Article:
Is there any way to write multiple Lorentz constraints in one single constraint by using matrices?
As an example can we merge the following two constraints and write it in a single line?

{z_1, t_1} == lorentz(n)
{z_2, t_2} == lorentz(n)

If it is possible, then I can get rid of the ‘for’ loop and it will make my code more efficient.

EDIT: I originally wrote that I don’t believe that is possible in CVX. However, see my post below for how to vectorize in CVX.

YALMIP’s cone can be vectorized, eliminating the need for for loops. So you could consider switching to YALMIP if you find the CVX model generation time to be excessive.

Thanks! Now I need to learn YALMIP
Do you believe that YALMIP is more efficient than CVX?
My question is ‘do you advise me to learn YALMIP and use it instead of CVX?’

YALMIP is more flexible in terms of handling non-DCP and non-convex models, as well as supporting many more solvers. YALMIP allows vectorization of second order cone constraints, whereas CVX doesn’t. YALMIP also has an “optimizer” capability which allows elimination of most of the model generation time when there are many instances of the same problem structure with different input data.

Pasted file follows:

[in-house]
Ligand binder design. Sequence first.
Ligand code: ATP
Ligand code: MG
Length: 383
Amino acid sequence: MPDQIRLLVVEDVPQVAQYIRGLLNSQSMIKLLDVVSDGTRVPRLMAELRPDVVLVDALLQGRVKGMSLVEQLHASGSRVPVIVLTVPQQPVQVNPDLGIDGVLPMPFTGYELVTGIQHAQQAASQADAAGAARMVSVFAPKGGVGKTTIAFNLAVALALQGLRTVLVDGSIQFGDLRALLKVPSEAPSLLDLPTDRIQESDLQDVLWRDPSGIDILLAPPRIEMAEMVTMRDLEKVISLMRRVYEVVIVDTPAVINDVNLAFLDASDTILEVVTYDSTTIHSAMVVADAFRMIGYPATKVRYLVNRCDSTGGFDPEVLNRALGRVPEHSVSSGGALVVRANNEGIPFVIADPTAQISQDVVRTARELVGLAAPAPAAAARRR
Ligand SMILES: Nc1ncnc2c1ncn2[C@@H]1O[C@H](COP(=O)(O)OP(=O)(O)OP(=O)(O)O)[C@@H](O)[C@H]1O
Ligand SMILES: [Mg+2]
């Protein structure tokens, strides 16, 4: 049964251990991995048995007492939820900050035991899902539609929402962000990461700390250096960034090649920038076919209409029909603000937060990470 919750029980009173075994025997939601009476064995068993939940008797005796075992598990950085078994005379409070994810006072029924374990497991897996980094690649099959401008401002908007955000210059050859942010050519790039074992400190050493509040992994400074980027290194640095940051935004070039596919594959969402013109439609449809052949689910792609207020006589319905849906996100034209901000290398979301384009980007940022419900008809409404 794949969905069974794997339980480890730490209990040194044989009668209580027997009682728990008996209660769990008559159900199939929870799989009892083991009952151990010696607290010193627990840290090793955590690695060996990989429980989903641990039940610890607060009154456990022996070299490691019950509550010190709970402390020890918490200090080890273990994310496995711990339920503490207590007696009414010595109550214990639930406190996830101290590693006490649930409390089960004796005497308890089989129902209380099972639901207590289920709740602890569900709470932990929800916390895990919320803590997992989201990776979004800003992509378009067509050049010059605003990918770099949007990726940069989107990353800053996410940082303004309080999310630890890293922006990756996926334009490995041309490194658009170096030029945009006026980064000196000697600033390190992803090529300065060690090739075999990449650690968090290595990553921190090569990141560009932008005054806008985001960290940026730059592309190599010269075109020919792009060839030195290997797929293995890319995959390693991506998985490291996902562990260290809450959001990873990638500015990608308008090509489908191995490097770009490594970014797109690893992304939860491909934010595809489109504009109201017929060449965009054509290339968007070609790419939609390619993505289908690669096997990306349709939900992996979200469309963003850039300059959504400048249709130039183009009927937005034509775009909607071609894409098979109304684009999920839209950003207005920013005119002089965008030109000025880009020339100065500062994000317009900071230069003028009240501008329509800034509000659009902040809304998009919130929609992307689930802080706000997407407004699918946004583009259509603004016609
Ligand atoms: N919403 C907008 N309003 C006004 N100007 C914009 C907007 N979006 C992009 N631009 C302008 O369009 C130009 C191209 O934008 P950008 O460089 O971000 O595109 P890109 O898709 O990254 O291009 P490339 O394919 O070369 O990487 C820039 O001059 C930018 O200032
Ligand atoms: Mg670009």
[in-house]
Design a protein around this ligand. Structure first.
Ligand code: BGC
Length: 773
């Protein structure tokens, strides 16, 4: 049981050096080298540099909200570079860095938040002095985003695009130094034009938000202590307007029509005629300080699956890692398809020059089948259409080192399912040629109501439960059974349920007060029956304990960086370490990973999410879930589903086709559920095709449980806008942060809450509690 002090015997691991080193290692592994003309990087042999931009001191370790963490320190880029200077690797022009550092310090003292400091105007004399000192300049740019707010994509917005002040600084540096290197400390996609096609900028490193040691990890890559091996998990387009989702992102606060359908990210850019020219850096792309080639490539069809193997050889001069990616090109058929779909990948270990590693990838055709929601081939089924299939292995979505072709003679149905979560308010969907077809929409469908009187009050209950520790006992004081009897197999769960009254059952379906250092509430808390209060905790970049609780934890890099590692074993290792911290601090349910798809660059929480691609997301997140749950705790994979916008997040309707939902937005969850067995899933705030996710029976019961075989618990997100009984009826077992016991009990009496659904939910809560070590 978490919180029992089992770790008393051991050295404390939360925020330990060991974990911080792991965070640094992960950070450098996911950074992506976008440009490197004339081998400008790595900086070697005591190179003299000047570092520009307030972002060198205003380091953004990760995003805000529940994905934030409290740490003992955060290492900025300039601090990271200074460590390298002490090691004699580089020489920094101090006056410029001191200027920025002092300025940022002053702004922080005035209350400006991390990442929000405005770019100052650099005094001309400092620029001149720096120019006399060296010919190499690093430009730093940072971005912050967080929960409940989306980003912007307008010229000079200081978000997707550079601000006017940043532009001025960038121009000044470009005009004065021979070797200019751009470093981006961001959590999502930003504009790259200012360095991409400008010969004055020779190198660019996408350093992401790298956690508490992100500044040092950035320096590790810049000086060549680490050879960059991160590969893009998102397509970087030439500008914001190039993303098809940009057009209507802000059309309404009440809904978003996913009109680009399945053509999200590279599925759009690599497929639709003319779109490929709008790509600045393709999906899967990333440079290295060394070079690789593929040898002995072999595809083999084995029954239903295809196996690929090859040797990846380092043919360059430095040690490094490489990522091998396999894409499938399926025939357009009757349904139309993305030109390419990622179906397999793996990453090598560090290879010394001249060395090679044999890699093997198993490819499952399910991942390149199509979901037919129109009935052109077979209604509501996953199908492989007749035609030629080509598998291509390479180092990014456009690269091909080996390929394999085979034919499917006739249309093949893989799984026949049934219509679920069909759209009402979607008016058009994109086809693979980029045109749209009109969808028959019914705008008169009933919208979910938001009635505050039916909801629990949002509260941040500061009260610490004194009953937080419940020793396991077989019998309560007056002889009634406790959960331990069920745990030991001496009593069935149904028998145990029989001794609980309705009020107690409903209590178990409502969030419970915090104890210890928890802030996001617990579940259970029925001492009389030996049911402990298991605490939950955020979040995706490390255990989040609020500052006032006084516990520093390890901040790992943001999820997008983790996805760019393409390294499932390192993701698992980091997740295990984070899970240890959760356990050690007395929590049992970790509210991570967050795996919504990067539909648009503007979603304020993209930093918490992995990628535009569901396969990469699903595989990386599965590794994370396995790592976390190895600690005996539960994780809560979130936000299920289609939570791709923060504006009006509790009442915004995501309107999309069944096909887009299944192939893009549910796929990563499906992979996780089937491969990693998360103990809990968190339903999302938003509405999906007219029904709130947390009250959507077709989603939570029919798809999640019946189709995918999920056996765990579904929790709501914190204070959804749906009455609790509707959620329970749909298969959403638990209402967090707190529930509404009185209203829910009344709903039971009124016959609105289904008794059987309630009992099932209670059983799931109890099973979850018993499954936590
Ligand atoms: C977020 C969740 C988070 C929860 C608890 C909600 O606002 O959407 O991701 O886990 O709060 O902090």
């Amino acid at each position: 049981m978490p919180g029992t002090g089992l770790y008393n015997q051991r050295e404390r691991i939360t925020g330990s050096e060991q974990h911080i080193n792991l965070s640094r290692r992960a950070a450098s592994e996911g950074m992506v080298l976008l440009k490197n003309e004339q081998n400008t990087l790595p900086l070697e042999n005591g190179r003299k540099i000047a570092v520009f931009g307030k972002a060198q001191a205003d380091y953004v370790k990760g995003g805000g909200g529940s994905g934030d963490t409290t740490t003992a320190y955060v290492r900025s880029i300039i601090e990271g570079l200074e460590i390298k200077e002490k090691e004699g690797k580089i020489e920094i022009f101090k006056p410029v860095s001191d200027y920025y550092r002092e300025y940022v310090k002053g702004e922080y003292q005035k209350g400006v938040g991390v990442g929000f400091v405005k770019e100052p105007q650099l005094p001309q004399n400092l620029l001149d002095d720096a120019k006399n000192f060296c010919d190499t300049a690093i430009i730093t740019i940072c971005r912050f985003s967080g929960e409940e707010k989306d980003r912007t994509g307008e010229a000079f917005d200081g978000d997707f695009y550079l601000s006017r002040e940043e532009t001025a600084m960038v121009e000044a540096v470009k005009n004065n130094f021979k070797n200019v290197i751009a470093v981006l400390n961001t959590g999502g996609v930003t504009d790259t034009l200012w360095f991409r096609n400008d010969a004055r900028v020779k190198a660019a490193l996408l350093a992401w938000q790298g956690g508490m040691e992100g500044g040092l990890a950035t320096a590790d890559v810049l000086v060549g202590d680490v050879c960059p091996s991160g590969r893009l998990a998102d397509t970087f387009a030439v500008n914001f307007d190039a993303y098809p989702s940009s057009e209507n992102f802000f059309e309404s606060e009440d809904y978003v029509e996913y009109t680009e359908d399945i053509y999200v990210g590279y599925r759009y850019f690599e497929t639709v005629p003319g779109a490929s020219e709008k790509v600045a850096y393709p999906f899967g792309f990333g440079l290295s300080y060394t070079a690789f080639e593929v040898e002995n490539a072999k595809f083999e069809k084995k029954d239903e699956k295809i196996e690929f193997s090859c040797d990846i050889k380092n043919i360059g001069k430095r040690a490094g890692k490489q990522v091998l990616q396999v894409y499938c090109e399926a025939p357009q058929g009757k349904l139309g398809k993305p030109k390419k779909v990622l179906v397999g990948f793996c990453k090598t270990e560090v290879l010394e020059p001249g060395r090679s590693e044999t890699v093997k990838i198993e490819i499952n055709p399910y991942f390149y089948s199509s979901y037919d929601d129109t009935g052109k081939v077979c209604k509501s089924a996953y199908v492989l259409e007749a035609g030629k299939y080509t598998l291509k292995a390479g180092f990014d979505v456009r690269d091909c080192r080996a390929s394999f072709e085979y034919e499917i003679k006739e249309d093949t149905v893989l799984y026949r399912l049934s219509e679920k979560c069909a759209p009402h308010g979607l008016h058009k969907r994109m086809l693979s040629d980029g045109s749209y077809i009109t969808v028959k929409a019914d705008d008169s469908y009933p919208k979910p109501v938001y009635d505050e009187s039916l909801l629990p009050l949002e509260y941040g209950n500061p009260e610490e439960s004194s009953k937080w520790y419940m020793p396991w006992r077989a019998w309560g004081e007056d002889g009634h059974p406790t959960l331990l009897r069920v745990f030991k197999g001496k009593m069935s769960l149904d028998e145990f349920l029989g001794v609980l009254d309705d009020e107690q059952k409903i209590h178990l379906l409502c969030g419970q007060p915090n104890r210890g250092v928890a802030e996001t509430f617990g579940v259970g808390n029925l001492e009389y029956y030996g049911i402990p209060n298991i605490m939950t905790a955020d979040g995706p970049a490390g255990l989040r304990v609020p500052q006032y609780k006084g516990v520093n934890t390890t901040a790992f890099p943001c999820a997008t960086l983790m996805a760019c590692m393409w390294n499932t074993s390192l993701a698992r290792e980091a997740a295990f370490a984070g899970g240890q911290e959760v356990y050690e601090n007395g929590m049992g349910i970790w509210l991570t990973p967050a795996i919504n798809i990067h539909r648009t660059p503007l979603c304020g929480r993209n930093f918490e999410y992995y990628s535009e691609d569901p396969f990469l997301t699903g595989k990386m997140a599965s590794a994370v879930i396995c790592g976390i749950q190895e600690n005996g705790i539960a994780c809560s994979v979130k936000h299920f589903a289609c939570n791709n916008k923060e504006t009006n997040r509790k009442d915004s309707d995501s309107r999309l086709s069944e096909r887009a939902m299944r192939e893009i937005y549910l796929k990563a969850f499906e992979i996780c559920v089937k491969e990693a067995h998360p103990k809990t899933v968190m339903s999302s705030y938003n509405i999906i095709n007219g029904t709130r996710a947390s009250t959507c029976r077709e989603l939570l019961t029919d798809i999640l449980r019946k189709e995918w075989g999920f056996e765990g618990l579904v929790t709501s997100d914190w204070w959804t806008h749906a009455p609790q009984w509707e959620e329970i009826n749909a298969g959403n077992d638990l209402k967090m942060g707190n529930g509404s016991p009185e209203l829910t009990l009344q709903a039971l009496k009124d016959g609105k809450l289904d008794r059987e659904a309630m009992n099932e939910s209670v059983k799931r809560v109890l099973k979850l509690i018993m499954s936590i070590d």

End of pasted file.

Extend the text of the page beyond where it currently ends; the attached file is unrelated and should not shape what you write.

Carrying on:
However, I’m not sure of the efficiency of this approach, which is less efficient (use of norm and geo_mean rather than rotated_lorentz) if there is only one constraint.

Rotated second order cone constraints can also be vectorized by using quad_over_lin, which can be vectorized. For example norm(x) <= sqrt(y*z), rewritten as x'*x/y <= z. That can be vectorized by using a matrix X instead of vector x, and with row vectors y and z, as quad_over_lin(X,y) <= z. I don’t know what actually happens in this situation, and whether there is an effective speedup from vectorization when CVX internally converts this to involve norms, or if the vectorization is not really end to end.

I’m also not completely sure that rotated_lorentz can’t be used in vectorized fashion, but if so, it’s undocumented.

Thank you for your reply. But ‘norms’ is far less efficient than using ‘Lorentz’ functions. First I was using norm functions, then I changed it to Lorentz, and the code was running more than hundreds of times faster.

I think vectorized use of YALMIP’s’ cone would likely be faster than whatever can be done in CVX. But I’m not sure of the efficiency of any of these alternatives.